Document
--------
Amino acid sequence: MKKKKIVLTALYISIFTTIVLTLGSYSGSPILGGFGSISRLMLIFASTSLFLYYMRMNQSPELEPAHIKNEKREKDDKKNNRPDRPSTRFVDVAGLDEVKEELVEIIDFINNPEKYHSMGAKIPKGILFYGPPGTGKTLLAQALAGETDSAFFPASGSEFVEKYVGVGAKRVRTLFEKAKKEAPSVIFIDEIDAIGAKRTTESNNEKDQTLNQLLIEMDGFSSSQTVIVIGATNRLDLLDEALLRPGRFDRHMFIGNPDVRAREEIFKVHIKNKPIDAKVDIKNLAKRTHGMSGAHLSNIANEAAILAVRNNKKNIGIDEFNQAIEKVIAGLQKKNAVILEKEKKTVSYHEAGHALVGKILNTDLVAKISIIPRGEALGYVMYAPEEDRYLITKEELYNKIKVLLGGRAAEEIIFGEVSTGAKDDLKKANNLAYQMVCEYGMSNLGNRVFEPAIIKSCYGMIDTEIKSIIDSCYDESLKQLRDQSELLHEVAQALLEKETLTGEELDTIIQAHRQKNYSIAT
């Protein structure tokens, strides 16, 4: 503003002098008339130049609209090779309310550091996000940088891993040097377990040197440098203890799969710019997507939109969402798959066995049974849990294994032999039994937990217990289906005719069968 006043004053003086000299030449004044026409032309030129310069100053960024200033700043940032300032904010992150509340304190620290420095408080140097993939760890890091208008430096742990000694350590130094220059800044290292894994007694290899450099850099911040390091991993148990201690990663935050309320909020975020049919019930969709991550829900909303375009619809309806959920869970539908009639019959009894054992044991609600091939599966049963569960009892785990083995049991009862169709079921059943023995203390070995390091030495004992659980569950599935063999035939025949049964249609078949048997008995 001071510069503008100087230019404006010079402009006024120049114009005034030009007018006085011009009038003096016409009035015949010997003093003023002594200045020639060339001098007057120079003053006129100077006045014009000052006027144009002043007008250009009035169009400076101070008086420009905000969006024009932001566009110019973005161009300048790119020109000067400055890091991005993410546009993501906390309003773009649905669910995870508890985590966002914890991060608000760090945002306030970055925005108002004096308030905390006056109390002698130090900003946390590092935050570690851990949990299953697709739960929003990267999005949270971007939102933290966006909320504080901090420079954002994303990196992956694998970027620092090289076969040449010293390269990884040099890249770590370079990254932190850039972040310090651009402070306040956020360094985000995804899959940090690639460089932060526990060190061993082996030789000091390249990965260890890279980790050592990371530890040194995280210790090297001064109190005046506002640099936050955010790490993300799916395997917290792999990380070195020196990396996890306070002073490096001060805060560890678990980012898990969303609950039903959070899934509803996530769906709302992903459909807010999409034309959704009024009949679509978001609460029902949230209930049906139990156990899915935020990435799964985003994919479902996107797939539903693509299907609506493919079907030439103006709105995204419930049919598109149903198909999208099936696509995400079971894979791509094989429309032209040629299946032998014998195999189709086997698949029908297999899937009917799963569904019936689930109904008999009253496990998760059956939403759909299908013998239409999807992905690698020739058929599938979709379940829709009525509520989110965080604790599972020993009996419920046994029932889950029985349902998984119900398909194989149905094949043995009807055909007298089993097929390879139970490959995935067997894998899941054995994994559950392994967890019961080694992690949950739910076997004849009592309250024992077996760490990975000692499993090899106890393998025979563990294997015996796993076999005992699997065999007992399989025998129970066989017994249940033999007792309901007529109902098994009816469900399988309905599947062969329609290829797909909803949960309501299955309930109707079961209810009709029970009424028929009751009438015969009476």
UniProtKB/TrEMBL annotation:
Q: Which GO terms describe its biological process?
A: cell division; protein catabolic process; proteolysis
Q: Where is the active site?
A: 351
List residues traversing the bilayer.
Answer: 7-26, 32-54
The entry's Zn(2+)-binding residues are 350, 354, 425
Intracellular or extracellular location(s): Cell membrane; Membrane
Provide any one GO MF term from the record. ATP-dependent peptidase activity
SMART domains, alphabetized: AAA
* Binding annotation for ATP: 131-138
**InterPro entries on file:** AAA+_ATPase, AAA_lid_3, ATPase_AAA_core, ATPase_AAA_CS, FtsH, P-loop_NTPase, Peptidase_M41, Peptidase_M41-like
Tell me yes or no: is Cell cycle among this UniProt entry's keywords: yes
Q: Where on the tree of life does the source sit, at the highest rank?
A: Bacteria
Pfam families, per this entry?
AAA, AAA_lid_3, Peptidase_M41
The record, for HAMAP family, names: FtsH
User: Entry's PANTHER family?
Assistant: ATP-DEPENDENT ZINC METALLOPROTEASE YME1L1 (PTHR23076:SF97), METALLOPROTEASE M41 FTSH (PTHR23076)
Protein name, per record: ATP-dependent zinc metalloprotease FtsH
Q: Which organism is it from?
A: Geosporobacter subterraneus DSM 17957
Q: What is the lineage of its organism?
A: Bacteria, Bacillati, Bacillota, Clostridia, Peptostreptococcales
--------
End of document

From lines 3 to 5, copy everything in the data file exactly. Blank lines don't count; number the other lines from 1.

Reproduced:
UniProtKB/TrEMBL annotation:
Q: Which GO terms describe its biological process?
A: cell division; protein catabolic process; proteolysis